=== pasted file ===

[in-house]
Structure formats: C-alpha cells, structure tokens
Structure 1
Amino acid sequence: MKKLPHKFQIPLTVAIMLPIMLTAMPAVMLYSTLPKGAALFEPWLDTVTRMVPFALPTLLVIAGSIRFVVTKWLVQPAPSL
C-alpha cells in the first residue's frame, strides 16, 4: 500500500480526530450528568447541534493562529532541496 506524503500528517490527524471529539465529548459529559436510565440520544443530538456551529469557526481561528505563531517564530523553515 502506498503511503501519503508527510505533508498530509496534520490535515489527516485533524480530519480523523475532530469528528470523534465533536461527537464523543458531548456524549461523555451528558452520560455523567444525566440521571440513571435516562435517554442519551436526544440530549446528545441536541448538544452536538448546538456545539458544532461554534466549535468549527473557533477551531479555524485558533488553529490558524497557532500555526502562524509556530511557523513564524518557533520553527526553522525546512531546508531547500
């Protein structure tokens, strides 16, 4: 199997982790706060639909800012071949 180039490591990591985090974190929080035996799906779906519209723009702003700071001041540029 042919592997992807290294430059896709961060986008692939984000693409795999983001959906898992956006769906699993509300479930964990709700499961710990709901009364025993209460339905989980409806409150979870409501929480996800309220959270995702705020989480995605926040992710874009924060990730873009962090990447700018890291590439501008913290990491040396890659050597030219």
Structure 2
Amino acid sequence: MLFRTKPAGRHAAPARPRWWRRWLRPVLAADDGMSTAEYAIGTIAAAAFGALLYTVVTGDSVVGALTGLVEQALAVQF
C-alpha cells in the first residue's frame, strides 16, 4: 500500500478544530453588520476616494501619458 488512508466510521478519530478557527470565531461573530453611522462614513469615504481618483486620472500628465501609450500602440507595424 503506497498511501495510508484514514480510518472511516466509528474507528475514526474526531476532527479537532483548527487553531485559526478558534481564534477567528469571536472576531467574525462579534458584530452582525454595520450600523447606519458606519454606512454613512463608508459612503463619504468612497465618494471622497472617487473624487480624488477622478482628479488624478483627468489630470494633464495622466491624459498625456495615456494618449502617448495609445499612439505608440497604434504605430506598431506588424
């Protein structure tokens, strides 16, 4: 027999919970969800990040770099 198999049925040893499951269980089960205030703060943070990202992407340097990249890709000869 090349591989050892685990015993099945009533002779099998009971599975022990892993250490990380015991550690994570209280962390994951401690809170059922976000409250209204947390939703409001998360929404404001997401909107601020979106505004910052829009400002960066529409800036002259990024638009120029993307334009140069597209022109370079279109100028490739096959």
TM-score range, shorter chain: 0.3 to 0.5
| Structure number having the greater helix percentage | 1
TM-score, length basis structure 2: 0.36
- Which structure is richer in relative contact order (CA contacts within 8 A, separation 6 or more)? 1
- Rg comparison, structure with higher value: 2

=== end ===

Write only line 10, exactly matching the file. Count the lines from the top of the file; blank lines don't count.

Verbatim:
């Protein structure tokens, strides 16, 4: 027999919970969800990040770099 198999049925040893499951269980089960205030703060943070990202992407340097990249890709000869 090349591989050892685990015993099945009533002779099998009971599975022990892993250490990380015991550690994570209280962390994951401690809170059922976000409250209204947390939703409001998360929404404001997401909107601020979106505004910052829009400002960066529409800036002259990024638009120029993307334009140069597209022109370079279109100028490739096959």